If you’ve lamented over how the arts/humanities stream is losing its shine, this column is not going to make you any happier. Judging by recent reports, STEM (science, technology, engineering and mathematics) learning is the best, if not the only, way forward. Researchers tell us that jobs of the future are likely to require these skills. Along with problem solving and “creativity”. Meaning resourcefulness, ability to generate ideas and think ahead.
The rapid advancement in technology which includes artificial intelligence and the looming threat of robots replacing humans in several areas, has many scratching their heads rather hard.
Like it or not, the future is already here. Computerized check-ins at the drive test centers are but a small indication of what is to come. Isn’t the idea of drones delivering your pizza rather exciting? So get ready for robots to take on several customer service functions including serving you in restaurants and drive-thrus.
Eventually, we will accept and depend on the efficiencies of these machines to get us through the day. Just as we did with Siri (the Apple assistant) and Cortana (for Windows 10). Let’s admit it, some of us now prefer it to dealing with a real person.
The emphasis on STEM learning comes from the need to prepare for the future rather than resist it, or bury our heads in the sand and wait for the tide to sweep us away. Which jobs will withstand the test of technology by adapting to it is difficult to say. Moreover, some are of the opinion that new avenues will open up which we are entirely in the dark about right now. Focusing on STEM learning will somehow give the next generation a leg up.
I am very well aware of how interest plays an important role in choosing your academic and career path. I chose the arts because I believed I was not inclined towards science, math or technology. Time and exposure have changed my perspective. That’s what educationists are encouraging us to do with our kids. After all, art has a scientific, engineering, mathematical and now technological side to it as well. Digitization and digitalization have forced us to acknowledge that.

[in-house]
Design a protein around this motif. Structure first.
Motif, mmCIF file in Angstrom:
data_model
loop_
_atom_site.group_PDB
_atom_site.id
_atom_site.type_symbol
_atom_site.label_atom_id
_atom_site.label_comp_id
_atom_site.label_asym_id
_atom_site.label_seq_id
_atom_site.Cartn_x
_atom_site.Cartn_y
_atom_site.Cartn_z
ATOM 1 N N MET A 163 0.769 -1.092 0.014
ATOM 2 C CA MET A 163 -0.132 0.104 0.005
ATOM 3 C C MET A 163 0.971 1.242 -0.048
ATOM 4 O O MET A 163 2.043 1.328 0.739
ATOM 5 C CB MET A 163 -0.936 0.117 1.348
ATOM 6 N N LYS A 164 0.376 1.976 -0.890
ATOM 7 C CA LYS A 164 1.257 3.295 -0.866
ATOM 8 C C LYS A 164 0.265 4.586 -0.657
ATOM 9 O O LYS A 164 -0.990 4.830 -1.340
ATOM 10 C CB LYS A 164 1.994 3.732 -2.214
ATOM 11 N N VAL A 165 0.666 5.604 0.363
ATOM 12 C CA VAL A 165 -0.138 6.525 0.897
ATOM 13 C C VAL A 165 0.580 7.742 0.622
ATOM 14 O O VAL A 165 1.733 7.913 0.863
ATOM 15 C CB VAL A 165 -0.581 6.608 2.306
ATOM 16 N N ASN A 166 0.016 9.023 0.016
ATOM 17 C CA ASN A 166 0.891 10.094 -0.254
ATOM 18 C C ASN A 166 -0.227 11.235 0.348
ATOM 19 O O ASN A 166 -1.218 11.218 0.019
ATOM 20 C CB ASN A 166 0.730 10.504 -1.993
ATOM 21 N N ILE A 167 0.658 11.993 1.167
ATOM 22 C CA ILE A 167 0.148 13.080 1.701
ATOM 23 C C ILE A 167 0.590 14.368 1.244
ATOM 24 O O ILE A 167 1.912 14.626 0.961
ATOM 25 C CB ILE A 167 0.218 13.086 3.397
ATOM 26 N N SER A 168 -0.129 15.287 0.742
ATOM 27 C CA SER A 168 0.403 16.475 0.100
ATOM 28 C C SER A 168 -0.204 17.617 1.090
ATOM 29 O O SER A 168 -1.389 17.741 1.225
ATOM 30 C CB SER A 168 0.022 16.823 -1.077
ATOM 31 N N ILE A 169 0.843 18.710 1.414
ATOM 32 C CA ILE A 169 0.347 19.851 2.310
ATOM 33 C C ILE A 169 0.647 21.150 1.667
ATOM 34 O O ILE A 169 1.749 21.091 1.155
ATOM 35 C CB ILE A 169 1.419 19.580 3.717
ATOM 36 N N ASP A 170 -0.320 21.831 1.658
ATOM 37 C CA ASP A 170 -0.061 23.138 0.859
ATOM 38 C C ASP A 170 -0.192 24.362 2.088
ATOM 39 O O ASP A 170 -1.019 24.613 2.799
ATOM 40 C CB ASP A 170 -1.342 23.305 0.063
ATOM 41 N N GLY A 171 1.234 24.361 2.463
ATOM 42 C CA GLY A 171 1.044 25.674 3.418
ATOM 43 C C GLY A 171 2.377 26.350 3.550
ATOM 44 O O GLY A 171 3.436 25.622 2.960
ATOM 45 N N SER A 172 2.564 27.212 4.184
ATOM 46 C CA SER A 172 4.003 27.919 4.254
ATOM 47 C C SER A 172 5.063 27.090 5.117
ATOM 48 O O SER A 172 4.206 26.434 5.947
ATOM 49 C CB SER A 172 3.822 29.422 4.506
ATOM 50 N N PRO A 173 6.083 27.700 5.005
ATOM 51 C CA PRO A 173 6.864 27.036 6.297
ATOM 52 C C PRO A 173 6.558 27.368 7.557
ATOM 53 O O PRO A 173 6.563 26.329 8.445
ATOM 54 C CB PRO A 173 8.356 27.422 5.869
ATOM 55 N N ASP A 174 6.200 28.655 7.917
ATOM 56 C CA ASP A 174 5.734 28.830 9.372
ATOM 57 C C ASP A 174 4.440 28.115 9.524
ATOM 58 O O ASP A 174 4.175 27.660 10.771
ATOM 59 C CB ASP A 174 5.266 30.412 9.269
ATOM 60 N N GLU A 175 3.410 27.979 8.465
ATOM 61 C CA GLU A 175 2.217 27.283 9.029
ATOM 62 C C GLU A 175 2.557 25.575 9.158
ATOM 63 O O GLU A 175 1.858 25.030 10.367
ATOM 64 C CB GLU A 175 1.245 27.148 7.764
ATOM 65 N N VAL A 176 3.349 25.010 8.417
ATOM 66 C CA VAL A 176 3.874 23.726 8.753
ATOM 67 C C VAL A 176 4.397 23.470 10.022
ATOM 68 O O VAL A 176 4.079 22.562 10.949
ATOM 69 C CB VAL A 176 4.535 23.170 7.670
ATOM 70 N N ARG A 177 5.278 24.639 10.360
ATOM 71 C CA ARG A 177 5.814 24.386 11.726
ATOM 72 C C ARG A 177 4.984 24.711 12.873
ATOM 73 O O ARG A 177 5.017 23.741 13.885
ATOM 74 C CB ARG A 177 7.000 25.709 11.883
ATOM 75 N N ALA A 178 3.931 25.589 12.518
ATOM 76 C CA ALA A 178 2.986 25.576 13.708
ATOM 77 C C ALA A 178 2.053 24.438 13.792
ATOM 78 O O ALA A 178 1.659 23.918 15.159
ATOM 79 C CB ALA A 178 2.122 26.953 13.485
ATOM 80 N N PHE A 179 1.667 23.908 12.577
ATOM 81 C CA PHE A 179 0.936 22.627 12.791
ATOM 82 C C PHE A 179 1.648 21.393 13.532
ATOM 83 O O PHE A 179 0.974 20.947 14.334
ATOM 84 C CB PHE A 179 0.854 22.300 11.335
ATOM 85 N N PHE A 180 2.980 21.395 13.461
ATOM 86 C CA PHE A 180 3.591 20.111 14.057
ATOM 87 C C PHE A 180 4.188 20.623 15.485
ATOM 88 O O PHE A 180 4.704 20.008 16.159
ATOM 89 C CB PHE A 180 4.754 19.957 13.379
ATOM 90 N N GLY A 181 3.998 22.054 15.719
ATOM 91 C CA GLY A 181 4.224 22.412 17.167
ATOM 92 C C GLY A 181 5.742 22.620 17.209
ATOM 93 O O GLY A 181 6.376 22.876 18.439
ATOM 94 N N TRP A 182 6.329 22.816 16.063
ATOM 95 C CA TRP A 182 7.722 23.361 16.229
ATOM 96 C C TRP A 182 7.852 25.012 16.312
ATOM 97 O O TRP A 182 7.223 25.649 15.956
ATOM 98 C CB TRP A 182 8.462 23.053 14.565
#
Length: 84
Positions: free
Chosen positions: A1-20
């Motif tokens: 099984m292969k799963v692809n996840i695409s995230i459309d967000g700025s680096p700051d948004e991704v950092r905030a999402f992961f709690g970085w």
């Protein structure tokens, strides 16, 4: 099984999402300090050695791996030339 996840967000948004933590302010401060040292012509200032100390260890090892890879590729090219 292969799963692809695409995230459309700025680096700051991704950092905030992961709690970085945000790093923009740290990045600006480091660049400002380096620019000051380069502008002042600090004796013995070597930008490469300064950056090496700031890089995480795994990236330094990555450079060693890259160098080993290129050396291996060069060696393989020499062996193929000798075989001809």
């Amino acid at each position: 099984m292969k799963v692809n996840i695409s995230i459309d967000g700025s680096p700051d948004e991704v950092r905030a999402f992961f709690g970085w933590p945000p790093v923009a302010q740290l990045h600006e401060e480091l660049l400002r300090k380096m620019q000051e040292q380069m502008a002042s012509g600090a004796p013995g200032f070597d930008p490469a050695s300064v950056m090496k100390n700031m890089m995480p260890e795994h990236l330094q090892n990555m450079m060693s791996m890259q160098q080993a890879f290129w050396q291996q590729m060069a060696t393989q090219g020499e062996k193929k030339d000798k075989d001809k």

The newspaper industry is a stellar example. My first days in a newspaper included manual page making which was done by a separate department. Today a single person can perform both writing and layout functions.
Most learning biases are handed down by parents and gender stereotyping. A South Asian mother admitted that her dislike for math was passed on to her son and affected his performance in the subject. Luckily, some extra coaching and the resultant good grades changed his thinking and preferences.
Similarly, gender-typing accounted for girls being a majority in the arts stream and boys in science, in my day. The issue at hand even today is more environmental than based on ability. A girl who tinkers with Lego and plays with dolls is less likely to limit herself when compared to the one who has never been given the blocks at all.
A Harvard study on ‘biases that push women out of STEM careers’ revealed that ethnic stereotyping, perceived work-life balance and a preference for male hires (even when women were hiring) were some of the main reasons. What would make a big difference? Role models!
Exposure is everything as is keeping an open mind to all types of learning. Both educators and parents must first develop an understanding of STEM learning themselves in order to support their students and kids.
The fact that half of all Grade 6 students in Ontario did not meet the provincial math standard this year, (continuing a steady decline in test scores over the past seven years) is a clear indication that the education system is not preparing kids for the future.